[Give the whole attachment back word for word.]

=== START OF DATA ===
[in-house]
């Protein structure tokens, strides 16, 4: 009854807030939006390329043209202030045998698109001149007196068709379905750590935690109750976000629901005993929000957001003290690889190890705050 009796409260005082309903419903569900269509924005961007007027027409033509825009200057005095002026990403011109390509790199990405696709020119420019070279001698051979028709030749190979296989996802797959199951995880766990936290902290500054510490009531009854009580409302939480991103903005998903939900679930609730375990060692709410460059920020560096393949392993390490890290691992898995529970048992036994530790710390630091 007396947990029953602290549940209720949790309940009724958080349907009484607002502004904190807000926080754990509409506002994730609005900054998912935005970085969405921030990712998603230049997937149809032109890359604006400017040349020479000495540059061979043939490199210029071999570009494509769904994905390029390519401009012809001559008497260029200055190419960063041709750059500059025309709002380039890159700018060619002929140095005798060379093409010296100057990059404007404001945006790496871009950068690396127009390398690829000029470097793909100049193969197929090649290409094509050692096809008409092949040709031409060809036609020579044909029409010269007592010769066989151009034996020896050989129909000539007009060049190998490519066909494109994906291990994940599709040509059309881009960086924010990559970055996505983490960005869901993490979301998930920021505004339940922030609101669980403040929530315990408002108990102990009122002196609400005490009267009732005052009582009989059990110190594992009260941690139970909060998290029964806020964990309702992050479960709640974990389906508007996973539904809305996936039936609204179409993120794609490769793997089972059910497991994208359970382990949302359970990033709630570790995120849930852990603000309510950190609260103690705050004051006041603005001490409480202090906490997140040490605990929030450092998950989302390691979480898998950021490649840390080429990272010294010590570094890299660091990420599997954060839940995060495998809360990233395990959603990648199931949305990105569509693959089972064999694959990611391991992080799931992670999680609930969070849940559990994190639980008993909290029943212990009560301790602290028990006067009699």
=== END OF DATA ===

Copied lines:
[in-house]
């Protein structure tokens, strides 16, 4: 009854807030939006390329043209202030045998698109001149007196068709379905750590935690109750976000629901005993929000957001003290690889190890705050 009796409260005082309903419903569900269509924005961007007027027409033509825009200057005095002026990403011109390509790199990405696709020119420019070279001698051979028709030749190979296989996802797959199951995880766990936290902290500054510490009531009854009580409302939480991103903005998903939900679930609730375990060692709410460059920020560096393949392993390490890290691992898995529970048992036994530790710390630091 007396947990029953602290549940209720949790309940009724958080349907009484607002502004904190807000926080754990509409506002994730609005900054998912935005970085969405921030990712998603230049997937149809032109890359604006400017040349020479000495540059061979043939490199210029071999570009494509769904994905390029390519401009012809001559008497260029200055190419960063041709750059500059025309709002380039890159700018060619002929140095005798060379093409010296100057990059404007404001945006790496871009950068690396127009390398690829000029470097793909100049193969197929090649290409094509050692096809008409092949040709031409060809036609020579044909029409010269007592010769066989151009034996020896050989129909000539007009060049190998490519066909494109994906291990994940599709040509059309881009960086924010990559970055996505983490960005869901993490979301998930920021505004339940922030609101669980403040929530315990408002108990102990009122002196609400005490009267009732005052009582009989059990110190594992009260941690139970909060998290029964806020964990309702992050479960709640974990389906508007996973539904809305996936039936609204179409993120794609490769793997089972059910497991994208359970382990949302359970990033709630570790995120849930852990603000309510950190609260103690705050004051006041603005001490409480202090906490997140040490605990929030450092998950989302390691979480898998950021490649840390080429990272010294010590570094890299660091990420599997954060839940995060495998809360990233395990959603990648199931949305990105569509693959089972064999694959990611391991992080799931992670999680609930969070849940559990994190639980008993909290029943212990009560301790602290028990006067009699």